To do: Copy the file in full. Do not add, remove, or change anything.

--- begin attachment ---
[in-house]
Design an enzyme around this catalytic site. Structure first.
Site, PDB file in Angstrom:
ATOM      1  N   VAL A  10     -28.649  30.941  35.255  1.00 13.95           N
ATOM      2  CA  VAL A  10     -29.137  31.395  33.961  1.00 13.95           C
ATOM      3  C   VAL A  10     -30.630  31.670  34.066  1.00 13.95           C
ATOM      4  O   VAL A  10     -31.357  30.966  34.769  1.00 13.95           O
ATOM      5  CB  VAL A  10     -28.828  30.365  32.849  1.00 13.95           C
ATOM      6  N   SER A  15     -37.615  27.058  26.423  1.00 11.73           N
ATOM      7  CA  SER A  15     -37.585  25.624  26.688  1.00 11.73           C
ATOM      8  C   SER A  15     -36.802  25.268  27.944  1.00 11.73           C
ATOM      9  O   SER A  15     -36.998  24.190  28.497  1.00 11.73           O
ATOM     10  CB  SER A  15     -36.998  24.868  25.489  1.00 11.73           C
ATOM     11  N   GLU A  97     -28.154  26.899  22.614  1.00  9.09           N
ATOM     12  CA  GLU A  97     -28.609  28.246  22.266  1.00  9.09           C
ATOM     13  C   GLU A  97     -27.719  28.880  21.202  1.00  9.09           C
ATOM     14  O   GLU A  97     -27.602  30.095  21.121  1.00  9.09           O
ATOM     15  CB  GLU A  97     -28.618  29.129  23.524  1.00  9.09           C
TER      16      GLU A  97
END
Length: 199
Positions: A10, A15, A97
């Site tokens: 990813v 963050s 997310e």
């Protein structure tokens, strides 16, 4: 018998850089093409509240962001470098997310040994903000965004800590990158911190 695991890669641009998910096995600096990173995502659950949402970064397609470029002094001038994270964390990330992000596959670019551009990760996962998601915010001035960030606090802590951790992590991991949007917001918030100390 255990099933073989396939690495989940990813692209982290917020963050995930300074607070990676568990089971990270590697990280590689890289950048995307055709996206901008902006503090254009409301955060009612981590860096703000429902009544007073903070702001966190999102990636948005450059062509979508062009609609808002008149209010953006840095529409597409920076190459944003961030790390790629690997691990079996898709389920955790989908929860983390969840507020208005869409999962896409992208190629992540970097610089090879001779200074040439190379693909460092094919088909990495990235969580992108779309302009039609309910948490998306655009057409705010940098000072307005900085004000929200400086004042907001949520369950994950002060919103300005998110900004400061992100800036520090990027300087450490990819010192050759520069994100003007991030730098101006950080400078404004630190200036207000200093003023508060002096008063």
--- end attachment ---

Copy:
[in-house]
Design an enzyme around this catalytic site. Structure first.
Site, PDB file in Angstrom:
ATOM      1  N   VAL A  10     -28.649  30.941  35.255  1.00 13.95           N
ATOM      2  CA  VAL A  10     -29.137  31.395  33.961  1.00 13.95           C
ATOM      3  C   VAL A  10     -30.630  31.670  34.066  1.00 13.95           C
ATOM      4  O   VAL A  10     -31.357  30.966  34.769  1.00 13.95           O
ATOM      5  CB  VAL A  10     -28.828  30.365  32.849  1.00 13.95           C
ATOM      6  N   SER A  15     -37.615  27.058  26.423  1.00 11.73           N
ATOM      7  CA  SER A  15     -37.585  25.624  26.688  1.00 11.73           C
ATOM      8  C   SER A  15     -36.802  25.268  27.944  1.00 11.73           C
ATOM      9  O   SER A  15     -36.998  24.190  28.497  1.00 11.73           O
ATOM     10  CB  SER A  15     -36.998  24.868  25.489  1.00 11.73           C
ATOM     11  N   GLU A  97     -28.154  26.899  22.614  1.00  9.09           N
ATOM     12  CA  GLU A  97     -28.609  28.246  22.266  1.00  9.09           C
ATOM     13  C   GLU A  97     -27.719  28.880  21.202  1.00  9.09           C
ATOM     14  O   GLU A  97     -27.602  30.095  21.121  1.00  9.09           O
ATOM     15  CB  GLU A  97     -28.618  29.129  23.524  1.00  9.09           C
TER      16      GLU A  97
END
Length: 199
Positions: A10, A15, A97
């Site tokens: 990813v 963050s 997310e």
């Protein structure tokens, strides 16, 4: 018998850089093409509240962001470098997310040994903000965004800590990158911190 695991890669641009998910096995600096990173995502659950949402970064397609470029002094001038994270964390990330992000596959670019551009990760996962998601915010001035960030606090802590951790992590991991949007917001918030100390 255990099933073989396939690495989940990813692209982290917020963050995930300074607070990676568990089971990270590697990280590689890289950048995307055709996206901008902006503090254009409301955060009612981590860096703000429902009544007073903070702001966190999102990636948005450059062509979508062009609609808002008149209010953006840095529409597409920076190459944003961030790390790629690997691990079996898709389920955790989908929860983390969840507020208005869409999962896409992208190629992540970097610089090879001779200074040439190379693909460092094919088909990495990235969580992108779309302009039609309910948490998306655009057409705010940098000072307005900085004000929200400086004042907001949520369950994950002060919103300005998110900004400061992100800036520090990027300087450490990819010192050759520069994100003007991030730098101006950080400078404004630190200036207000200093003023508060002096008063």